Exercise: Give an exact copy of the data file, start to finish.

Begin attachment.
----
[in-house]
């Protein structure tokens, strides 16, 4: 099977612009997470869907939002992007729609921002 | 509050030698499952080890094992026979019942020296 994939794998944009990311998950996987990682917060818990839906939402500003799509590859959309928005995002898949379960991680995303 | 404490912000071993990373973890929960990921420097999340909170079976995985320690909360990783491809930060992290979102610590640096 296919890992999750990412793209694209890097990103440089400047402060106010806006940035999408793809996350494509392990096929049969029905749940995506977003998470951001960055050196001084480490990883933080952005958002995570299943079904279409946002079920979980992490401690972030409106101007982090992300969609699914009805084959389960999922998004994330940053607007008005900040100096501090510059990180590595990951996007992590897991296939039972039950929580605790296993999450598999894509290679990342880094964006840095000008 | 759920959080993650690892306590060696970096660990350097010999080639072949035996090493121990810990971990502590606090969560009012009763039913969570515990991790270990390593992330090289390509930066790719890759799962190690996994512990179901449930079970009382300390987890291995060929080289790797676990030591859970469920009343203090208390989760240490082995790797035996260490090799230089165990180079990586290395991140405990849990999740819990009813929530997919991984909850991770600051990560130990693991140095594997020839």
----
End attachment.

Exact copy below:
[in-house]
């Protein structure tokens, strides 16, 4: 099977612009997470869907939002992007729609921002 | 509050030698499952080890094992026979019942020296 994939794998944009990311998950996987990682917060818990839906939402500003799509590859959309928005995002898949379960991680995303 | 404490912000071993990373973890929960990921420097999340909170079976995985320690909360990783491809930060992290979102610590640096 296919890992999750990412793209694209890097990103440089400047402060106010806006940035999408793809996350494509392990096929049969029905749940995506977003998470951001960055050196001084480490990883933080952005958002995570299943079904279409946002079920979980992490401690972030409106101007982090992300969609699914009805084959389960999922998004994330940053607007008005900040100096501090510059990180590595990951996007992590897991296939039972039950929580605790296993999450598999894509290679990342880094964006840095000008 | 759920959080993650690892306590060696970096660990350097010999080639072949035996090493121990810990971990502590606090969560009012009763039913969570515990991790270990390593992330090289390509930066790719890759799962190690996994512990179901449930079970009382300390987890291995060929080289790797676990030591859970469920009343203090208390989760240490082995790797035996260490090799230089165990180079990586290395991140405990849990999740819990009813929530997919991984909850991770600051990560130990693991140095594997020839």